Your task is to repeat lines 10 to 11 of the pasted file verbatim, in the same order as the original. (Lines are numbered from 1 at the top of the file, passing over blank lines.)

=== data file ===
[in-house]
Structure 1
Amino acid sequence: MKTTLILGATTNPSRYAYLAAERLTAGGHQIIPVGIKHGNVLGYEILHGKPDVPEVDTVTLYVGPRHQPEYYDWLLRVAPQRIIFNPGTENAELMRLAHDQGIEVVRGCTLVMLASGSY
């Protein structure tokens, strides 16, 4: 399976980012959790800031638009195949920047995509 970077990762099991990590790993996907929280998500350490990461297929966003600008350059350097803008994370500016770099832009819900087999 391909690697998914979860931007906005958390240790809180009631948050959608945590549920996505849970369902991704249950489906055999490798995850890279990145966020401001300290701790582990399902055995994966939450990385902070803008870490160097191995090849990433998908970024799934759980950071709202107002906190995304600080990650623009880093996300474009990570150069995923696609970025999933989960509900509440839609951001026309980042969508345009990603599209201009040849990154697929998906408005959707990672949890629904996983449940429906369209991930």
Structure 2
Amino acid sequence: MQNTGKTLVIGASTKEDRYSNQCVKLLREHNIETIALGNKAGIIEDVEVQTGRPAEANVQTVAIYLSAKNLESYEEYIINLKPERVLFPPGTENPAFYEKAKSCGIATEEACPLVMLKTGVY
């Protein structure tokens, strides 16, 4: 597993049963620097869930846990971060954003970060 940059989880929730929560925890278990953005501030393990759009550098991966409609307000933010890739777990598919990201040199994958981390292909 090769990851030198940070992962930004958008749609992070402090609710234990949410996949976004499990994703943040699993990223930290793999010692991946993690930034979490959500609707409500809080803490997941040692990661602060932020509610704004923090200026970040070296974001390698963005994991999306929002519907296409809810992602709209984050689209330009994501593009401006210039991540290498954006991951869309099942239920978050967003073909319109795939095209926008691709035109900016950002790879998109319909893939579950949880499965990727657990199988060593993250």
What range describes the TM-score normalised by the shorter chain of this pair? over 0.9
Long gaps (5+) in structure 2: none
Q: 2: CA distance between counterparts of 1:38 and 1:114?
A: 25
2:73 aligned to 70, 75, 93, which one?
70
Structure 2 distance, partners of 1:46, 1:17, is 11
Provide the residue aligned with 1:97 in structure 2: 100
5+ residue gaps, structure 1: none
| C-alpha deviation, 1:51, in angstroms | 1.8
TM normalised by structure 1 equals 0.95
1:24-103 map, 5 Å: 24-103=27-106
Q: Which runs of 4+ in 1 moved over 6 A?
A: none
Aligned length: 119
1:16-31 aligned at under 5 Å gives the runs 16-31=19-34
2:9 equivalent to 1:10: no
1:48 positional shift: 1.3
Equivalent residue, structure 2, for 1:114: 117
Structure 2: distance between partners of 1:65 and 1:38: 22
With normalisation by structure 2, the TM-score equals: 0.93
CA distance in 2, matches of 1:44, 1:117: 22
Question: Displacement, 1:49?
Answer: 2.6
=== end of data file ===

Q: 2: CA distance between counterparts of 1:38 and 1:114?
A: 25